CMS Administrator Describes Plan To Change Medicaid.
STAT (10/26, Ross) reports Centers for Medicare and Medicaid Services’ Seema Verma drew “the outlines of sweeping changes to Medicaid that could pare enrollments and cut costs without congressional approval” during an appearance at the Cleveland Clinic’s annual medical innovation summit this week. Verma said that she plans to make “the whole waiver process easier” so that states have an “unprecedented level of flexibility.” She also raised the idea of a “Medicaid scorecard” to measure states’ performance and spoke in favor of Congress putting Medicaid on a budget, explaining that “We want to make sure we have a stable program over the long term and make sure that there’s some type of a growth rate that we can all agree to.”
Anthem Says It Could Break Even On ACA Plans.
The USA Today (10/26, Groppe) reports that Anthem CEO Joseph Swedish said Wednesday in a call with investors that the insurer could “relatively break even” on its Affordable Care Act marketplace segment this year. Swedish cautioned, “Additional regulatory clarity is required for us to fully understand the financial impact of ending (cost-sharing reduction) subsidies,” and that uncertainty over those subsidies was one reason the company scaled back its participation in the markets this year. Anthem covered 1.4 million on the exchanges this year and expects that number to drop by 70 percent next year.
Massachusetts Governor To Use State Fund To Continue Paying CSRs For The Rest Of The Year.
The Lowell (MA) Sun (10/26, Murphy) reports Massachusetts Gov. Charlie Baker (R) is planning to use the Commonwealth Care Trust Fund “to continue making” cost sharing reduction payments (CSRs) to insurers for the rest of the year. The article reports that the Centers for Medicare and Medicaid Services rejected Baker’s “request for a waiver that would have allowed the state to set up a fund to use federal dollars to stabilize premiums.”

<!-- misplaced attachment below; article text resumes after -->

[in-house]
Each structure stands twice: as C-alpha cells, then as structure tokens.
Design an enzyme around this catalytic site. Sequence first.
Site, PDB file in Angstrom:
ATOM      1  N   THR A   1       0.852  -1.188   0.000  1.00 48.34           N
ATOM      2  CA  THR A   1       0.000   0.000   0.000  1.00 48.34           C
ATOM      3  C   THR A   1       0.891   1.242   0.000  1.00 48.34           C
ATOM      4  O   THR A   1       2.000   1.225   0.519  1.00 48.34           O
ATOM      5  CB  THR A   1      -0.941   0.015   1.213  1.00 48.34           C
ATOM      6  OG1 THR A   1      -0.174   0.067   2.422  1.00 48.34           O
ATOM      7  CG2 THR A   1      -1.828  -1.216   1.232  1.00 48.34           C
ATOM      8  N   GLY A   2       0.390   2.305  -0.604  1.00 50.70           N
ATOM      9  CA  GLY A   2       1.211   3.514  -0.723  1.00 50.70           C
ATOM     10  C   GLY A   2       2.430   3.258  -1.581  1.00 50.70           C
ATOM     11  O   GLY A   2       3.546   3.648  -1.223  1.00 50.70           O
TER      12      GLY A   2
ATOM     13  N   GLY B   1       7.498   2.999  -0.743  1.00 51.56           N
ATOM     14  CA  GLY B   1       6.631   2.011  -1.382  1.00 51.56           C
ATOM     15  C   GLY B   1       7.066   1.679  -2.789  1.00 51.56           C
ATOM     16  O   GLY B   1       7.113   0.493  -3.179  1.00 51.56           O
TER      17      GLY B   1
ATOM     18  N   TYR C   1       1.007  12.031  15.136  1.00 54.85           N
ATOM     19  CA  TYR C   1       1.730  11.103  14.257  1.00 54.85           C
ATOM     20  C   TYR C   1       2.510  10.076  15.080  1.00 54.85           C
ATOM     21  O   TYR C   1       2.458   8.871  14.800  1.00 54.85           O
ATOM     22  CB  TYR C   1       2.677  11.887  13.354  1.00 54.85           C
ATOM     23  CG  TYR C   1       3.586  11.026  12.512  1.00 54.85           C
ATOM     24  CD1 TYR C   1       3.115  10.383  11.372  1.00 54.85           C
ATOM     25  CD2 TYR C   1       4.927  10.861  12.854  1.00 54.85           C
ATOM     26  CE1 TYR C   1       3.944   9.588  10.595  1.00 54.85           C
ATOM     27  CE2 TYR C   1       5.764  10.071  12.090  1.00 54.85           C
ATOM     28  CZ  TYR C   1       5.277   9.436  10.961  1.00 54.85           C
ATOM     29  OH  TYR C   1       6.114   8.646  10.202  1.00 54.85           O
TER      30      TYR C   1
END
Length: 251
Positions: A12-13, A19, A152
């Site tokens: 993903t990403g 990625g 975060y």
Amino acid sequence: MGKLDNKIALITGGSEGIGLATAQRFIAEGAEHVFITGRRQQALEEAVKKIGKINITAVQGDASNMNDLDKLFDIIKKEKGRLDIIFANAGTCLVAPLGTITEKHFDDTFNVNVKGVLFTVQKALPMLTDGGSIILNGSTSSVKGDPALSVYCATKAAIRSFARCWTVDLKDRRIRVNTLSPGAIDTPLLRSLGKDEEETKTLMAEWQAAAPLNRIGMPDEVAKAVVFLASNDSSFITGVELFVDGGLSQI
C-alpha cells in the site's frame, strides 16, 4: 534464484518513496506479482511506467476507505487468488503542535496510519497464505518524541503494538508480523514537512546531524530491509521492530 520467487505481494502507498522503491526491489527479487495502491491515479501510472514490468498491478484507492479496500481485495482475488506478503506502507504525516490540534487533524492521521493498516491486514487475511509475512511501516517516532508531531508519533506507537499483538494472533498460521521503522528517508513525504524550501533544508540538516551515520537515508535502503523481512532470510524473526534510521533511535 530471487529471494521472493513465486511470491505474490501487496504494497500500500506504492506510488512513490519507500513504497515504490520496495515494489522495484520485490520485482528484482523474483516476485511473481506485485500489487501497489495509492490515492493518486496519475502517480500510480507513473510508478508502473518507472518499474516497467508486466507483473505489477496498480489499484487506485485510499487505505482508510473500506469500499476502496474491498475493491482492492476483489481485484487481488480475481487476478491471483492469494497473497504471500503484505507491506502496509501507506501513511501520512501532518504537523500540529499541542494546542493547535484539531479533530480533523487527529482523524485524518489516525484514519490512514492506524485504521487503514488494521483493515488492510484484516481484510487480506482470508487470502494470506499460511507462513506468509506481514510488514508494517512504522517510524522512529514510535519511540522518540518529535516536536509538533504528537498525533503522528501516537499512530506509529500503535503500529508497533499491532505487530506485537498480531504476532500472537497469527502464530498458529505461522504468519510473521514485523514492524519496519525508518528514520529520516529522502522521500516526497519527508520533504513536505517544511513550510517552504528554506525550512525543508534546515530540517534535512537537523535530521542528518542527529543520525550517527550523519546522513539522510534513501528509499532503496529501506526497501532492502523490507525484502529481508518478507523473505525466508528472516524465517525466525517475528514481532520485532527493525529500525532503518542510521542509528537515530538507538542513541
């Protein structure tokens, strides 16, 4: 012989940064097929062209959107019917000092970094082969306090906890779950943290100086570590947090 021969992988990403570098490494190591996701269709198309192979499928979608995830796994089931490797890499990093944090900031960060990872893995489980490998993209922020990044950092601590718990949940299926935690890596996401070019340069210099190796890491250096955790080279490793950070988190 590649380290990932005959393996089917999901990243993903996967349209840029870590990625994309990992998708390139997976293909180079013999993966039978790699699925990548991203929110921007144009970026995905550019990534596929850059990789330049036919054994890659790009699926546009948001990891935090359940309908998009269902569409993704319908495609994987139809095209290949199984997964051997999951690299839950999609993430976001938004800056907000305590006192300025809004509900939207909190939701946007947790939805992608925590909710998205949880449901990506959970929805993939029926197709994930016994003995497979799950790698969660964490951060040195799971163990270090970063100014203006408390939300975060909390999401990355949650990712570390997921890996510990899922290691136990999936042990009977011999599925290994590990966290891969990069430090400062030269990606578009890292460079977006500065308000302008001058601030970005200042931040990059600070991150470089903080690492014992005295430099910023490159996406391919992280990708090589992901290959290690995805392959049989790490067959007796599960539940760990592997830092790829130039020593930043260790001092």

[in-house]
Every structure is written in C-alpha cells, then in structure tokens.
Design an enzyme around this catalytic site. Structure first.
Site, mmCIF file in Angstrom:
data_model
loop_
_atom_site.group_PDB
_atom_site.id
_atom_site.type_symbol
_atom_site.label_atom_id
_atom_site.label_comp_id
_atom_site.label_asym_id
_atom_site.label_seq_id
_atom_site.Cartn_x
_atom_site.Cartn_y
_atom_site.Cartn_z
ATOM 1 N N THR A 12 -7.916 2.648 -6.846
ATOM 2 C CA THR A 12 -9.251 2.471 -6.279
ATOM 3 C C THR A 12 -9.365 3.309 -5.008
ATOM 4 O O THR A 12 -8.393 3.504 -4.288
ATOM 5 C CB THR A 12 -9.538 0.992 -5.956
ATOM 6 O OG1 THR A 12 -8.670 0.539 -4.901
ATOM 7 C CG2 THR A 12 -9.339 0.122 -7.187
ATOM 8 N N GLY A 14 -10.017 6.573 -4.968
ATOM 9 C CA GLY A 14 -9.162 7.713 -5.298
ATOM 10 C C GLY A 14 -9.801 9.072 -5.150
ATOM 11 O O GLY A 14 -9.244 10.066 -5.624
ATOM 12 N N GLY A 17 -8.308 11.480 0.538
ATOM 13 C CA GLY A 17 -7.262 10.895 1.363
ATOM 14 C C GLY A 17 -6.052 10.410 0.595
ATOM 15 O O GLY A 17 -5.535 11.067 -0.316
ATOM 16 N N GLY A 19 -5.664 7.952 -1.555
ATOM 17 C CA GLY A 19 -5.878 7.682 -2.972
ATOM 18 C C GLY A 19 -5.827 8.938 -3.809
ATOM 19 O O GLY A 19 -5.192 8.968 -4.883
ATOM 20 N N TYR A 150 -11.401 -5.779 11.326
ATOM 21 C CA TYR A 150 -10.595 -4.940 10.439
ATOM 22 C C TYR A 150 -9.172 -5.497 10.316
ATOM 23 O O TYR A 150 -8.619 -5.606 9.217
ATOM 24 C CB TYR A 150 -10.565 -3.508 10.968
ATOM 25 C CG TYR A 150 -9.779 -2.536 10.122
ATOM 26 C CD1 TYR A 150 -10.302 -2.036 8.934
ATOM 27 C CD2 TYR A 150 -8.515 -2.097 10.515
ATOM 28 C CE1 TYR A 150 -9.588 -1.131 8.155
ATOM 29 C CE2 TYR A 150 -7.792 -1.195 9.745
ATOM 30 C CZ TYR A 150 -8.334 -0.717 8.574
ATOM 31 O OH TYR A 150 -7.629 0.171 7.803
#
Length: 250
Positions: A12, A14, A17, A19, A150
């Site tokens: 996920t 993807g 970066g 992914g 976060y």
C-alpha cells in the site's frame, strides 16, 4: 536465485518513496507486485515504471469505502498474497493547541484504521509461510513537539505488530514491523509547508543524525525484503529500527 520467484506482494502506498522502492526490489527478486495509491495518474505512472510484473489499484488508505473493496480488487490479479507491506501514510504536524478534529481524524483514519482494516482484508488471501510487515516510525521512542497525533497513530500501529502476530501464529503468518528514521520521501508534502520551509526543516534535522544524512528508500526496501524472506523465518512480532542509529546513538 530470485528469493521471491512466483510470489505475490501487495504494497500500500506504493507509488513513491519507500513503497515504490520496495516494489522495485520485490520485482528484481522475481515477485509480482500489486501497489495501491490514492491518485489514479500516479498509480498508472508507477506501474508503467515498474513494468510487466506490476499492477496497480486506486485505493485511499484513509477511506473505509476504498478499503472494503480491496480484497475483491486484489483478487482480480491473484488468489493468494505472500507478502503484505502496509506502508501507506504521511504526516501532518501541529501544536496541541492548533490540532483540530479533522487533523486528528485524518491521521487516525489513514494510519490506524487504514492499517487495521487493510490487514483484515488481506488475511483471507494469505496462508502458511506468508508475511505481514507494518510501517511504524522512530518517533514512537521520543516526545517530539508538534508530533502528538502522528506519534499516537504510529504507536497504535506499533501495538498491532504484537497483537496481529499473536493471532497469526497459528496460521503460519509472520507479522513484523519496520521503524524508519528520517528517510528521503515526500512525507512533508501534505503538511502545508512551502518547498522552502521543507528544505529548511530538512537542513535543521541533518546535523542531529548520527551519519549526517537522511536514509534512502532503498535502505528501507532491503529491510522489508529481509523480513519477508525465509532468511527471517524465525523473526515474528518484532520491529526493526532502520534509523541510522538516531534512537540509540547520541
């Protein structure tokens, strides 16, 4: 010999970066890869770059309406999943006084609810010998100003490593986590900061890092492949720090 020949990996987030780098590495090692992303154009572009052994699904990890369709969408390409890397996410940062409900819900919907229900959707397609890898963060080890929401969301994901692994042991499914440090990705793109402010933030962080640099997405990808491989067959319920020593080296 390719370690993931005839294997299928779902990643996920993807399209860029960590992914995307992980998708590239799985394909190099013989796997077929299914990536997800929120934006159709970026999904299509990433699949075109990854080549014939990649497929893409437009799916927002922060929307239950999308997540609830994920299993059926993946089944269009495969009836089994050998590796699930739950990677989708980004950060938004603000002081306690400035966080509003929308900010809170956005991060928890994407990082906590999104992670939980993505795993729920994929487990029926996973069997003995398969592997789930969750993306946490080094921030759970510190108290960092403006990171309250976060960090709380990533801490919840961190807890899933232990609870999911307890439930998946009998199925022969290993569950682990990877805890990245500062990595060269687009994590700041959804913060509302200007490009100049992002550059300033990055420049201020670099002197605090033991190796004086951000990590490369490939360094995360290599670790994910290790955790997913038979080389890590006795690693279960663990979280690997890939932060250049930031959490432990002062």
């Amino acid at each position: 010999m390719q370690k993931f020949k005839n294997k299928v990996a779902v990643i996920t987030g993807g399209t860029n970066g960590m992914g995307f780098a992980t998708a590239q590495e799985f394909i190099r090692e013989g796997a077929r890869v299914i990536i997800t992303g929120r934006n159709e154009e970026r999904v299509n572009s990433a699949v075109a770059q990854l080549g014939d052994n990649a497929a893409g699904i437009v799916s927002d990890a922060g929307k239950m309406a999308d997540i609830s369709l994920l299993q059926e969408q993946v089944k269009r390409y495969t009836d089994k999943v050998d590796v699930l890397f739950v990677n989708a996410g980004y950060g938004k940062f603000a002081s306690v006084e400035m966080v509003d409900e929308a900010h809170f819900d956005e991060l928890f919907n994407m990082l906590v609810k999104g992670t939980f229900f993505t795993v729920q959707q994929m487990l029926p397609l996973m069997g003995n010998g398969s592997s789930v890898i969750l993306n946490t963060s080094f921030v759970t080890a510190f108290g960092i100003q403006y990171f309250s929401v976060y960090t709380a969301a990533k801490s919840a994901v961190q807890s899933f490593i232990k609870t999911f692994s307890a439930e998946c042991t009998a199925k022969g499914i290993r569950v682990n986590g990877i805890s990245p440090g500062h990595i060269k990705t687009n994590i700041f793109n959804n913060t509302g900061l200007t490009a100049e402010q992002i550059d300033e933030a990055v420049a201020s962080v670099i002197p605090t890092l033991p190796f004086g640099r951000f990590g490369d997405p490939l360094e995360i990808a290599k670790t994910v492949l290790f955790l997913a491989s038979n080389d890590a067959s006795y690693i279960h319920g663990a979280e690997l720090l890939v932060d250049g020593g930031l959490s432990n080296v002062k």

Sanford Health Plan To Continue Offering Plans On North Dakota Exchange In Select Areas.
The AP (10/26, Nicholson) reports North Dakota Insurance Commissioner Jon Godfread announced that Sanford Health Plan will continue offering health plans for people who live in the counties of Burleigh, Cass, Morton, Oliver, and Traill. The article reports that Blue Cross Blue Shield of North Dakota is raising its rates for next year, while Medica has decided to withdraw from the state’s exchange.
Also in the News
Trump Declares Opioid Epidemic A “Public Health Emergency.”
The Washington Post (10/26, Wagner, Bernstein, Johnson) reports that yesterday, “President Trump…called the nation’s opioid epidemic the ‘worst drug crisis in American history,’ saying his administration is declaring it a public health emergency and putting its full resolve into overcoming the widespread scourge.” But “the announcement…fell well short of what many health advocates had urged and was roundly criticized by Democratic lawmakers, particularly for what they said is insufficient funding to truly address a crisis claiming an estimated 100 lives or more per day.”
The New York Times (10/26, Davis, Subscription Publication) reports the President said the effort would include using Medicaid funds, and “a new federal initiative to develop nonaddictive painkillers,” as well as what he called “really tough, really big, really great advertising.” The Times adds, “it is unclear how much impact the public health declaration will have in the short term.” Still, supporters, “including some anti-addiction groups and physicians, contend Mr. Trump’s action is an important symbolic step.”